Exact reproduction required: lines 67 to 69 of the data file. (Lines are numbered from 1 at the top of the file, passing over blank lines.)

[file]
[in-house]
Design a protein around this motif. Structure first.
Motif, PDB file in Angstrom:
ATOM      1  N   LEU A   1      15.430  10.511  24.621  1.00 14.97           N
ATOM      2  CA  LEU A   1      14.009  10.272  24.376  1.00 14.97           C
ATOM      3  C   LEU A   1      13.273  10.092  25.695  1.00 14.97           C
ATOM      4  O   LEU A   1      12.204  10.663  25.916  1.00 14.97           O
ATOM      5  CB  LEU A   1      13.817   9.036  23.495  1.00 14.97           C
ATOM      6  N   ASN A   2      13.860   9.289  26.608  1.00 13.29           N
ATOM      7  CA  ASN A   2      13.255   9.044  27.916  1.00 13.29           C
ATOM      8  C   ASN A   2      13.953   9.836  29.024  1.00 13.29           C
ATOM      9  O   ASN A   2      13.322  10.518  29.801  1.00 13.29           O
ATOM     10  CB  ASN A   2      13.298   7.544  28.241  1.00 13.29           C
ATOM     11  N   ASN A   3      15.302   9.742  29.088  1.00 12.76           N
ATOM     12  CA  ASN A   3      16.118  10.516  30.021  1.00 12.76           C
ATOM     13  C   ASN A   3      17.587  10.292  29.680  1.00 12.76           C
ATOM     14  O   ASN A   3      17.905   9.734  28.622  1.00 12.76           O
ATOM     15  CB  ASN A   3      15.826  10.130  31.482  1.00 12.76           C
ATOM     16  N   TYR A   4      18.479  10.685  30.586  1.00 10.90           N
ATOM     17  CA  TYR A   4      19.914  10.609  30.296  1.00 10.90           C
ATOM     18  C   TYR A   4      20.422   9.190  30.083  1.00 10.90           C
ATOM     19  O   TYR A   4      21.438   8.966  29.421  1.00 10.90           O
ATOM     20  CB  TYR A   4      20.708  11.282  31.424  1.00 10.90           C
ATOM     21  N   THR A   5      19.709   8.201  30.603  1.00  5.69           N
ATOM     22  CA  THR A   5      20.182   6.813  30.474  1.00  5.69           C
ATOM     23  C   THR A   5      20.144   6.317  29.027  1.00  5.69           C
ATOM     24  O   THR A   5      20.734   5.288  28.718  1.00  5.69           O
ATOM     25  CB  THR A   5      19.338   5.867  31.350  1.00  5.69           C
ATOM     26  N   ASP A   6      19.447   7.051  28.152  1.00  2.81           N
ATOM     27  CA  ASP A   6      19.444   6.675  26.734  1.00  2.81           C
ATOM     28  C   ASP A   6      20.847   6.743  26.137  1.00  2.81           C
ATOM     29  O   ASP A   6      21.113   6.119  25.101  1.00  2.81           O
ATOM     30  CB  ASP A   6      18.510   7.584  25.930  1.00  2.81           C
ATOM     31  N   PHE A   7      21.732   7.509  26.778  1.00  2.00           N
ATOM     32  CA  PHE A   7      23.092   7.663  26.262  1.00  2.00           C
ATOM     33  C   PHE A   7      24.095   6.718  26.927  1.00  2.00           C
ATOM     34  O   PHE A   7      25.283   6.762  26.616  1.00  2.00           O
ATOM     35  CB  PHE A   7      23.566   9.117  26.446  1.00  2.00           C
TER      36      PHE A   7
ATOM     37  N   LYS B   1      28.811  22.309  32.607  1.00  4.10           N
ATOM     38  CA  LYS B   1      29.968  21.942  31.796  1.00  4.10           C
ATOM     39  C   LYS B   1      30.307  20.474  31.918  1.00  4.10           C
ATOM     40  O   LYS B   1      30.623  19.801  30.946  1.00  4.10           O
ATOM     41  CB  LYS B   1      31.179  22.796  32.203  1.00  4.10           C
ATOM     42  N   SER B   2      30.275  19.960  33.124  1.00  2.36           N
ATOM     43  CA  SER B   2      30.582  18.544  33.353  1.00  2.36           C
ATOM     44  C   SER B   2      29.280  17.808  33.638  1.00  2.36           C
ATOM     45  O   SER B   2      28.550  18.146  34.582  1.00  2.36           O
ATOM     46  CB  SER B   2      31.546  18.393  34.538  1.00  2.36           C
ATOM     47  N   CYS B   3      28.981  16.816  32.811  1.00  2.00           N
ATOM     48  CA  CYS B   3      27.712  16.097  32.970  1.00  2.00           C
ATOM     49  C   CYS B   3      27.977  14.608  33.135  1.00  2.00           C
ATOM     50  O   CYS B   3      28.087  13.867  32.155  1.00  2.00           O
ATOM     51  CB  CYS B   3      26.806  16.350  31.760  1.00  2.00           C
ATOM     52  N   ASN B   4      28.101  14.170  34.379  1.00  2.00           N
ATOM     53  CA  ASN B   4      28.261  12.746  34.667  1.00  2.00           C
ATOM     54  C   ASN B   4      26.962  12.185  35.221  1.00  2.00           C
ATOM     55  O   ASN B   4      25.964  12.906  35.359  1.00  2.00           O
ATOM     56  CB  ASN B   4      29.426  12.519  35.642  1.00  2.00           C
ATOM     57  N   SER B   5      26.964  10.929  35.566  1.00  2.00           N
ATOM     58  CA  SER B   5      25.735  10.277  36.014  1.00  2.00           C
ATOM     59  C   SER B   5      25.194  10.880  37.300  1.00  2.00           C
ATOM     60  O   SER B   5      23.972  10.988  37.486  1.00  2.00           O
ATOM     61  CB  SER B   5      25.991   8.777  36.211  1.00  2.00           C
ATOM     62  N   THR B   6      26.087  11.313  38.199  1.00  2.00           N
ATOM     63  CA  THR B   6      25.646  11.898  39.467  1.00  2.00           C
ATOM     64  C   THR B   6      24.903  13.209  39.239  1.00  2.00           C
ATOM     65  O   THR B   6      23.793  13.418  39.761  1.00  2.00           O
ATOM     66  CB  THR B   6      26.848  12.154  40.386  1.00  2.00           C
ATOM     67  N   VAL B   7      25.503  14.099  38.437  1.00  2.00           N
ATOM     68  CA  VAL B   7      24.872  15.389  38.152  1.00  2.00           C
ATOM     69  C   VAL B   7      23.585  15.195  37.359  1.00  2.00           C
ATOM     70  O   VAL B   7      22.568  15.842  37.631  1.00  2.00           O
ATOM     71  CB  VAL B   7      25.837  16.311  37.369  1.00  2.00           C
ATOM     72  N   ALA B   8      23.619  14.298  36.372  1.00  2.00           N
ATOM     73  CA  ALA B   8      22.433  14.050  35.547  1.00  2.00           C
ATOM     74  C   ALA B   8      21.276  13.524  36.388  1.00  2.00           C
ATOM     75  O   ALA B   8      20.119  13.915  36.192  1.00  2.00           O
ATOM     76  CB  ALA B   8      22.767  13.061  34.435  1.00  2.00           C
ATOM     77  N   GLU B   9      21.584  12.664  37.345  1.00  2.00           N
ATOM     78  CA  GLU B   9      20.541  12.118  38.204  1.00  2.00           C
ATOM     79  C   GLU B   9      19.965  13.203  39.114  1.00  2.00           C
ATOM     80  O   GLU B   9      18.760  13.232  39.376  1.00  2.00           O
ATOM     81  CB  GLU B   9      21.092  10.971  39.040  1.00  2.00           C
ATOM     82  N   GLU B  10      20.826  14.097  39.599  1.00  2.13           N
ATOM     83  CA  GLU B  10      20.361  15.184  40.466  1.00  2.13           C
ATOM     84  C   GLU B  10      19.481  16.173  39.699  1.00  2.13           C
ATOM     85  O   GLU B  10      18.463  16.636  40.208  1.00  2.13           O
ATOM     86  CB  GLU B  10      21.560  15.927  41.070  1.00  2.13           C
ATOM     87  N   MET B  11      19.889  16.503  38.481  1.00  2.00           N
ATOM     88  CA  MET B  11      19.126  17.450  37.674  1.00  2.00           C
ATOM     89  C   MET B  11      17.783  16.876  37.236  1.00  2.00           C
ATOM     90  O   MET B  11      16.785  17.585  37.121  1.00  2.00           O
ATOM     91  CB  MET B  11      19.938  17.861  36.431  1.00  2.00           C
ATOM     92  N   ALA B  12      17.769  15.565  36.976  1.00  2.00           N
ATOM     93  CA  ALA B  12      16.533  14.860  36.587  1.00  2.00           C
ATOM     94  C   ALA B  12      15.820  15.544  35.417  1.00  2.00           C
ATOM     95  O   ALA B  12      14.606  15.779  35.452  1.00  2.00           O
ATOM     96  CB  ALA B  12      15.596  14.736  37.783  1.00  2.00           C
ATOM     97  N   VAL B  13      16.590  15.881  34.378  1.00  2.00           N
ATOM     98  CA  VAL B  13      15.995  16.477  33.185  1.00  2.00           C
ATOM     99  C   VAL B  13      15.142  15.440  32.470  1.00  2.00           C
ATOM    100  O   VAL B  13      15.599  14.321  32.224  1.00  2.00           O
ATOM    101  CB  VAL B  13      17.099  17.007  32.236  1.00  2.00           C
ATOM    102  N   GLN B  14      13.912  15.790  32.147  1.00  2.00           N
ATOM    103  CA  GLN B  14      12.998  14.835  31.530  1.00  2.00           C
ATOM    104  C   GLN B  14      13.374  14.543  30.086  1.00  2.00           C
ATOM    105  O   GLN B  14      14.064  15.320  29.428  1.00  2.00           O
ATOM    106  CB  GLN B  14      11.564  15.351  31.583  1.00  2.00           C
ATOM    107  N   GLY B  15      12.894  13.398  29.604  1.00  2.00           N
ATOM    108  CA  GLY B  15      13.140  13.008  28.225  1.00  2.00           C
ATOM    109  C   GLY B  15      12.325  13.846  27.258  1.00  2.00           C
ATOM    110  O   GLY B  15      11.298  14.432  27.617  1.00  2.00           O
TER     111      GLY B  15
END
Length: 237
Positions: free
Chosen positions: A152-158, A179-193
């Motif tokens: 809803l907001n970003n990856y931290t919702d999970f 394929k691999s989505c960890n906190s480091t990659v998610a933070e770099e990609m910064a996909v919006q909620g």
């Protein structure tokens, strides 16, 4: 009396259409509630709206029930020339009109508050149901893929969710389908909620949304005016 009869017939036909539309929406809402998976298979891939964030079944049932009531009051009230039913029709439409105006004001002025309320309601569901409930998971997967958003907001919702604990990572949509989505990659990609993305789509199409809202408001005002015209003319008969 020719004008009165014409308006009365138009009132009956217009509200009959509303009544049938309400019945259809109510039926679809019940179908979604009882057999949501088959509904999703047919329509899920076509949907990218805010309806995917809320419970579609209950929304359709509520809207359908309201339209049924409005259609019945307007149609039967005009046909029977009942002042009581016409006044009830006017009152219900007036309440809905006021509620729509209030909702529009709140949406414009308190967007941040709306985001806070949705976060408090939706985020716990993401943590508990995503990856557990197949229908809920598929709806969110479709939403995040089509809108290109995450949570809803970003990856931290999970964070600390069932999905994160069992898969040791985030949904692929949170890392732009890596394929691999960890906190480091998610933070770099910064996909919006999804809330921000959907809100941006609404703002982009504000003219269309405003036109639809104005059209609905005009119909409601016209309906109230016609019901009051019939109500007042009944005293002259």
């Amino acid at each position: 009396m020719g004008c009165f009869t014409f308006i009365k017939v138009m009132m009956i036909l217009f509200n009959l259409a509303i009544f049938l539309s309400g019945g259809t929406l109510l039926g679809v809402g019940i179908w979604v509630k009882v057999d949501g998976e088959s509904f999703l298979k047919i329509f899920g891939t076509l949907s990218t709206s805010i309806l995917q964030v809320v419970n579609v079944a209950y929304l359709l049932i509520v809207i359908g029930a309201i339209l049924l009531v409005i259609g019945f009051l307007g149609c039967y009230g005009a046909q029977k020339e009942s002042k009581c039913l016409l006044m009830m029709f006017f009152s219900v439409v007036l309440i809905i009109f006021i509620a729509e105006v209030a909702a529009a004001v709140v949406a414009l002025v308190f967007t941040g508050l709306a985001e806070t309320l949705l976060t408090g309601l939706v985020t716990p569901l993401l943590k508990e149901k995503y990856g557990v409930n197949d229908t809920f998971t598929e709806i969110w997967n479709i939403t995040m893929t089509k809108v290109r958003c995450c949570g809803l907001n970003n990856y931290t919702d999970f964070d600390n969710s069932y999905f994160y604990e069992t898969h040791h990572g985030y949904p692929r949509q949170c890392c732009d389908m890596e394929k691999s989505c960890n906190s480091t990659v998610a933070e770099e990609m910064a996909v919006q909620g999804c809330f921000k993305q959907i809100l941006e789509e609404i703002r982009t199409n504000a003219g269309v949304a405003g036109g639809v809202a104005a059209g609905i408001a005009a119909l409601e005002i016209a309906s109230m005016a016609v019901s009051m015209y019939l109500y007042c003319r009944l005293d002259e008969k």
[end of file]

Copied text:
ATOM     64  C   THR B   6      24.903  13.209  39.239  1.00  2.00           C
ATOM     65  O   THR B   6      23.793  13.418  39.761  1.00  2.00           O
ATOM     66  CB  THR B   6      26.848  12.154  40.386  1.00  2.00           C